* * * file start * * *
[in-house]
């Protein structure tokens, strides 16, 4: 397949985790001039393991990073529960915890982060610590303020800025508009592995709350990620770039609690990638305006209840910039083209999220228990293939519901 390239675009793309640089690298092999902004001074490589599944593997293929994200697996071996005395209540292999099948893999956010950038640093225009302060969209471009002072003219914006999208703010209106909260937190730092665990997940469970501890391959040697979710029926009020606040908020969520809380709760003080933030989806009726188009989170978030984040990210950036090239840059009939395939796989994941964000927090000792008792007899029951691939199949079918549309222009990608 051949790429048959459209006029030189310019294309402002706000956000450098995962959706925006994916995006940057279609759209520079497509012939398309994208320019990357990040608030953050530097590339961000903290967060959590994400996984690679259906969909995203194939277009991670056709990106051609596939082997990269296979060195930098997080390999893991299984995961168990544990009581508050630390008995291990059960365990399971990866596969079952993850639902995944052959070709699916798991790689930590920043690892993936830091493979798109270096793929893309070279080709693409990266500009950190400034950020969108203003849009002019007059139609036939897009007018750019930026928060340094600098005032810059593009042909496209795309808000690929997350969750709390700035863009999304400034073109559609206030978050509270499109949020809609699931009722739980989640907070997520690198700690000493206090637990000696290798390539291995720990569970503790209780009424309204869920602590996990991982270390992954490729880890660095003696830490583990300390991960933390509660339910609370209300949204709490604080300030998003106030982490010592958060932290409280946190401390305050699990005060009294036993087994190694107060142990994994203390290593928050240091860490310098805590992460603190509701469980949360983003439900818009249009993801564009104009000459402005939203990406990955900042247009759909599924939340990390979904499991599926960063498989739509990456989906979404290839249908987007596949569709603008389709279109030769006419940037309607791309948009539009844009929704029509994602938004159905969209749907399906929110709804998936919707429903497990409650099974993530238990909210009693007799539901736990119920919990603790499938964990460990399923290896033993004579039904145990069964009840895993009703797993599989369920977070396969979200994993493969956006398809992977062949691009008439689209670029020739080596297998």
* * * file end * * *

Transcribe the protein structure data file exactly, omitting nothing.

[in-house]
């Protein structure tokens, strides 16, 4: 397949985790001039393991990073529960915890982060610590303020800025508009592995709350990620770039609690990638305006209840910039083209999220228990293939519901 390239675009793309640089690298092999902004001074490589599944593997293929994200697996071996005395209540292999099948893999956010950038640093225009302060969209471009002072003219914006999208703010209106909260937190730092665990997940469970501890391959040697979710029926009020606040908020969520809380709760003080933030989806009726188009989170978030984040990210950036090239840059009939395939796989994941964000927090000792008792007899029951691939199949079918549309222009990608 051949790429048959459209006029030189310019294309402002706000956000450098995962959706925006994916995006940057279609759209520079497509012939398309994208320019990357990040608030953050530097590339961000903290967060959590994400996984690679259906969909995203194939277009991670056709990106051609596939082997990269296979060195930098997080390999893991299984995961168990544990009581508050630390008995291990059960365990399971990866596969079952993850639902995944052959070709699916798991790689930590920043690892993936830091493979798109270096793929893309070279080709693409990266500009950190400034950020969108203003849009002019007059139609036939897009007018750019930026928060340094600098005032810059593009042909496209795309808000690929997350969750709390700035863009999304400034073109559609206030978050509270499109949020809609699931009722739980989640907070997520690198700690000493206090637990000696290798390539291995720990569970503790209780009424309204869920602590996990991982270390992954490729880890660095003696830490583990300390991960933390509660339910609370209300949204709490604080300030998003106030982490010592958060932290409280946190401390305050699990005060009294036993087994190694107060142990994994203390290593928050240091860490310098805590992460603190509701469980949360983003439900818009249009993801564009104009000459402005939203990406990955900042247009759909599924939340990390979904499991599926960063498989739509990456989906979404290839249908987007596949569709603008389709279109030769006419940037309607791309948009539009844009929704029509994602938004159905969209749907399906929110709804998936919707429903497990409650099974993530238990909210009693007799539901736990119920919990603790499938964990460990399923290896033993004579039904145990069964009840895993009703797993599989369920977070396969979200994993493969956006398809992977062949691009008439689209670029020739080596297998």